A Load of Red Bull and Then Some

"Energy drinks," aggressively marketed in recent years, promise to increase concentration and alertness. Why do so many people want to further reduce the amount of time they sleep?

For the last month, it has been impossible to avoid hearing the Gevatron song troupe joyously singing away in television advertisements for a new "energy drink." Many may have been surprised by the linkage between bales of hay and good old Eretz Yisrael, and a drink associated with nightclub culture, but the energy drink marketing agencies believe it is a completely natural course of events.

Five energy drinks are currently sold in Israel and their marketers target all kinds of groups: from the young who hang out at nightclubs to pensioners who want to take better advantage of their free time.

The latest marketing assault is part of a recent worldwide phenomenon of significant increases in sales and consumption of energy drinks. According to a survey by the British consulting and consumer firm, Zenith International, the energy drink market doubles itself every year. In England alone, over 20 such brands were launched in a market that takes in around £700 million.

The question is why are so many people interested in further reducing the amount of time they sleep, beyond the limit of normal tiredness and artificially enhancing their concentration. Why does society accept the energy drinks with equanimity and enthusiasm, while its institutions fight tooth and nail against the legalization of marijuana, which could ease the pain of chronically ill patients and is no more dangerous than alcohol?

Mini bottles with no label

Futurist Dr. David Passig says that energy drinks reflect a cultural need to use time more efficiently. "The trick is not to stay awake more hours, but to better use the time and our hours of concentration when we're awake," he explains.

According to him, "this streamlining is a result of cultural pressure. Modern man views efficiency as an important value. In my opinion, the food companies still haven't comprehended the commercial potential of alertness-enhancing food and beverages - just like a decade ago, as well as today, the cellular phone companies didn't grasp man's real need for wireless communications. Man's need to streamline his waking hours is huge. We utilize only around 30 percent of the 16 hours we are awake a day. We invest another 30-40 percent in body maintenance and we are left with another 30 percent that is wasted time.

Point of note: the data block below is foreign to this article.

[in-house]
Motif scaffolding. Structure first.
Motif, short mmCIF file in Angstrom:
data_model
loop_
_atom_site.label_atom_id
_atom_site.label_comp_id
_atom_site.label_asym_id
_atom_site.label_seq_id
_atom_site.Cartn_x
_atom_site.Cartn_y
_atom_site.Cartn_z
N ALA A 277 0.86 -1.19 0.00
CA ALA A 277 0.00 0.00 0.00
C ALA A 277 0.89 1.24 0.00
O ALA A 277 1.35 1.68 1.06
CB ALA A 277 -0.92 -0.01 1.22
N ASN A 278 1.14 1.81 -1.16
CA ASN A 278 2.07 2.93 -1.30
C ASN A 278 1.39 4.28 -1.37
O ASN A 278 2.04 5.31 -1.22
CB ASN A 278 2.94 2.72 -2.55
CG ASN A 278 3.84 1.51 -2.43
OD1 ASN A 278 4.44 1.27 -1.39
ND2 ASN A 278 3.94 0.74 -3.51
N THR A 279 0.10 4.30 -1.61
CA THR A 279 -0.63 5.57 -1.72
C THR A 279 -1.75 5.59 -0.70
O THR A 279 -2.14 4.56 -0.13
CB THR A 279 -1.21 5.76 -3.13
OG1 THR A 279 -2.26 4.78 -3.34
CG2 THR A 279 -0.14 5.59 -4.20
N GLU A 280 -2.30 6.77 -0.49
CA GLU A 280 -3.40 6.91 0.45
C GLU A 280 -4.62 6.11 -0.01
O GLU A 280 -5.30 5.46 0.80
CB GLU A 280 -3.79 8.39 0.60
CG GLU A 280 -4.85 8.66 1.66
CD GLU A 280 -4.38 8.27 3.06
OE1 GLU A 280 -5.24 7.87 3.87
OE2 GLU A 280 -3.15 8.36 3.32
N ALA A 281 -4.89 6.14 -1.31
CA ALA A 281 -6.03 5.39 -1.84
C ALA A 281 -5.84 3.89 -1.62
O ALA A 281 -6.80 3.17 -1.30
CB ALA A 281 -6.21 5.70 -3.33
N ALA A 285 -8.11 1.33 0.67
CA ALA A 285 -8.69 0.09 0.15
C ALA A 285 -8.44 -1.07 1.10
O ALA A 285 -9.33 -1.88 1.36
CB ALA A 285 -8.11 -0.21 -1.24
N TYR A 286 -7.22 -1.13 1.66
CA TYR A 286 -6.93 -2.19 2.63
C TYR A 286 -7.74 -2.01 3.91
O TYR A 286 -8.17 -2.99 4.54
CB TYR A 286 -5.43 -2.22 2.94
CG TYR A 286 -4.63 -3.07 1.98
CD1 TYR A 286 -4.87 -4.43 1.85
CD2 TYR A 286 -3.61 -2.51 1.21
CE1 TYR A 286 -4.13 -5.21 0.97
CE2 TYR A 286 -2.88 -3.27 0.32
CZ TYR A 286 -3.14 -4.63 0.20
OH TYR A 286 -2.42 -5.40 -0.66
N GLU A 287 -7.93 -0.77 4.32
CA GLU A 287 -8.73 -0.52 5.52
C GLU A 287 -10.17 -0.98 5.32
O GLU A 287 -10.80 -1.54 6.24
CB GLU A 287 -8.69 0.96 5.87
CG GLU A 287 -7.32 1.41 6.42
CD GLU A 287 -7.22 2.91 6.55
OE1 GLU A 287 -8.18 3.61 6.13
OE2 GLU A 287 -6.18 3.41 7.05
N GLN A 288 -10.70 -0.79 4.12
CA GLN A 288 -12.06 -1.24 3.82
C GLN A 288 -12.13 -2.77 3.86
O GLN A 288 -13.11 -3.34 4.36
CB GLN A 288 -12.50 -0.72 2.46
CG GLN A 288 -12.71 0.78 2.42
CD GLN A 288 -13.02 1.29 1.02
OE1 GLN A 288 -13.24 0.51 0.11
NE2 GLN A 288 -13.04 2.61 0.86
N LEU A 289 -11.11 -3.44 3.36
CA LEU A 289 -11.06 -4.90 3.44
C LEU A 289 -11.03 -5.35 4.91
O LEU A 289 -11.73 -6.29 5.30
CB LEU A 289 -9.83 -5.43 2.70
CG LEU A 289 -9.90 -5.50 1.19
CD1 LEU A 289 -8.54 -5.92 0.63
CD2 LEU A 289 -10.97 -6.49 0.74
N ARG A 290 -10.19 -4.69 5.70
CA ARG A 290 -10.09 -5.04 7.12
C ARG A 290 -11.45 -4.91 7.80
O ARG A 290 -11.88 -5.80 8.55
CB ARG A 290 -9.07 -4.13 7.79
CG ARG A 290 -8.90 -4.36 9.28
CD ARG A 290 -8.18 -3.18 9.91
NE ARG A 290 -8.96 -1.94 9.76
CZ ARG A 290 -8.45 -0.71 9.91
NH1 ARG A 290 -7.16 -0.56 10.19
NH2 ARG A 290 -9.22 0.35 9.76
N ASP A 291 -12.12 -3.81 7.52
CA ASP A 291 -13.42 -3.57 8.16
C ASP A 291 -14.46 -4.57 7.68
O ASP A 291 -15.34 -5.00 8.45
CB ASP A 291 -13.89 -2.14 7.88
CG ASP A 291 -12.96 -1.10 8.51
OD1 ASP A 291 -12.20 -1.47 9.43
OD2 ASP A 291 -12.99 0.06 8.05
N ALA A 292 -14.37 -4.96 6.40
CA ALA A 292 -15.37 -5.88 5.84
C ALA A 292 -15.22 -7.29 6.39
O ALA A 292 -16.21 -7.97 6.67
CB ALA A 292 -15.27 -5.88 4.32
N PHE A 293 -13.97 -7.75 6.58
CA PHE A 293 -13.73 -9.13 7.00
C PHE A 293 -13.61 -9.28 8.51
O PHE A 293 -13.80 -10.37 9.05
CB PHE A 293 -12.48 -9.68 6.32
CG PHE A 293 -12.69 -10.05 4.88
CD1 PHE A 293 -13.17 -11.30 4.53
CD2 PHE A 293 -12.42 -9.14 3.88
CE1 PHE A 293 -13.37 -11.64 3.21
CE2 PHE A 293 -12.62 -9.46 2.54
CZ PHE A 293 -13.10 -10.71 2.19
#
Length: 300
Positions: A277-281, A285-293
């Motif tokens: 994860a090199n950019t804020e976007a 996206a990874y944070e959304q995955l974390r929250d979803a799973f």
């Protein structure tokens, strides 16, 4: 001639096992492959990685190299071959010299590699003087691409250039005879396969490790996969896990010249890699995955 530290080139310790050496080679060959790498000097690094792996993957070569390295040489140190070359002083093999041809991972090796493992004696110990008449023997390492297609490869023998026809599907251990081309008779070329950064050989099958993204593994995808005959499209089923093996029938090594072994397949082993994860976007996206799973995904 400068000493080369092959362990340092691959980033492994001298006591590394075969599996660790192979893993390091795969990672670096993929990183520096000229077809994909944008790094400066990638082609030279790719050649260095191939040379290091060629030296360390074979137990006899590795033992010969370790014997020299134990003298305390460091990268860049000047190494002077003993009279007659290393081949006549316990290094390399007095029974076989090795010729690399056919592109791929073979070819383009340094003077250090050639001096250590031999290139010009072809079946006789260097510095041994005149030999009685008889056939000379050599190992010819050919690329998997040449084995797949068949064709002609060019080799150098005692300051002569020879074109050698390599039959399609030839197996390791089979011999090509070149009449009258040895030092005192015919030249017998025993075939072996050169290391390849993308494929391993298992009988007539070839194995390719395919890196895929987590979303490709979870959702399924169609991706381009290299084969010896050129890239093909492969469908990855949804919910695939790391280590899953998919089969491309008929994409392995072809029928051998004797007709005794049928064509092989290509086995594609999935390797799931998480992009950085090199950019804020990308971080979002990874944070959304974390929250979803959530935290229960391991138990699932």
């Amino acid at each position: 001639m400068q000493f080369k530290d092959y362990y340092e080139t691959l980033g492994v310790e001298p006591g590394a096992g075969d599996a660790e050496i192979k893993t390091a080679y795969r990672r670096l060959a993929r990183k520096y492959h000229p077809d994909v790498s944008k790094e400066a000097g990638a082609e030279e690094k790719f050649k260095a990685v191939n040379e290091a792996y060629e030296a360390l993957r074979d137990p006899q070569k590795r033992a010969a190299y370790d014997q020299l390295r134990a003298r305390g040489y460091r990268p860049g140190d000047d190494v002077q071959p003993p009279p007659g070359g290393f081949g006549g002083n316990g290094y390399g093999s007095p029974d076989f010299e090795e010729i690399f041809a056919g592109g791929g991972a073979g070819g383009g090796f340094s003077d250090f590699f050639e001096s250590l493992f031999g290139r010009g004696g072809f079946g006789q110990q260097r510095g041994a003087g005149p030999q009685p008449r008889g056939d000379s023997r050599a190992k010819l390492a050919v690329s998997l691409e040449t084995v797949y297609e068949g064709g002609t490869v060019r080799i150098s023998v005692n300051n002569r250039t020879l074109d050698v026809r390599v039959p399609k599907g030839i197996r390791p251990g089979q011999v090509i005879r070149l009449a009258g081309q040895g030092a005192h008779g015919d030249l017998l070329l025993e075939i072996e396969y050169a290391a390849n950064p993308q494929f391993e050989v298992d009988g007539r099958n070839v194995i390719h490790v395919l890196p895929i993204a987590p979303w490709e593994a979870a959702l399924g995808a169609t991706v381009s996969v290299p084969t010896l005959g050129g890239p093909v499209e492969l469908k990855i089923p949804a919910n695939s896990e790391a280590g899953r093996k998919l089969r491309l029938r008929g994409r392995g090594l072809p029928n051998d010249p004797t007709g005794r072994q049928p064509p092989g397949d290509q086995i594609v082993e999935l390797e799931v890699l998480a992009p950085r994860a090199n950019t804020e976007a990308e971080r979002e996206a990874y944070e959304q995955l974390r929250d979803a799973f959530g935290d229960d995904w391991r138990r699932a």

"The idea of streamlining the body's functioning is a result of improving systems that leads to more efficient use of time and division of a person's time into smaller units. Man becomes a more intelligent being who recognizes his finite nature. The more aware he is that his time is limited, the more he wants to better exploit that time."

When asked why this very calculated race in the end leads to a reaction and back to nature movements, Passig offers a futurist's predictable answer: "The return to nature, like every counter-trend, essentially reinforces the modern world. These movements after all aren't really interested in the demise of all modern systems and their replacement with systems from previous eras. They're interested in being an eternal opposition."

The signs, such as increased demand for food supplements that add more waking hours or enhance concentration, appeared years ago: A survey taken in the United States to assess the market penetration of new technological developments asked participants their opinion on "awake pills" that were not harmful to their health, but would reduce the number of hours of sleep. The respondents in the survey, taken from a representative sample, unequivocally predicted that such a product would enter the market before 2000.

Indeed the energy drinks began appearing in large numbers in the Western world as early as 1995, but their breakthrough into public consciousness and the intense competition among manufacturers only started in the last year. According to Gil Melamede, the CEO of Tymco Beer, which markets the Red Bull energy drink in Israel, energy drinks first appeared around 30 years ago in the Far East; they were sold at food stands as syrup in mini bottles with no labels or identification.

The person responsible to a large extent for the product's penetration of the Western world is Dietrich Mateschitz, an American company representative in the Far East who sought to market them after making a few changes.

In 1987, Mateschitz launched a sweet beverage under the name Red Bull in the Austrian market, but only in 1994 did marketing spread to other European countries and the U.S. The product gained momentum in 1999 after vigorous marketing efforts.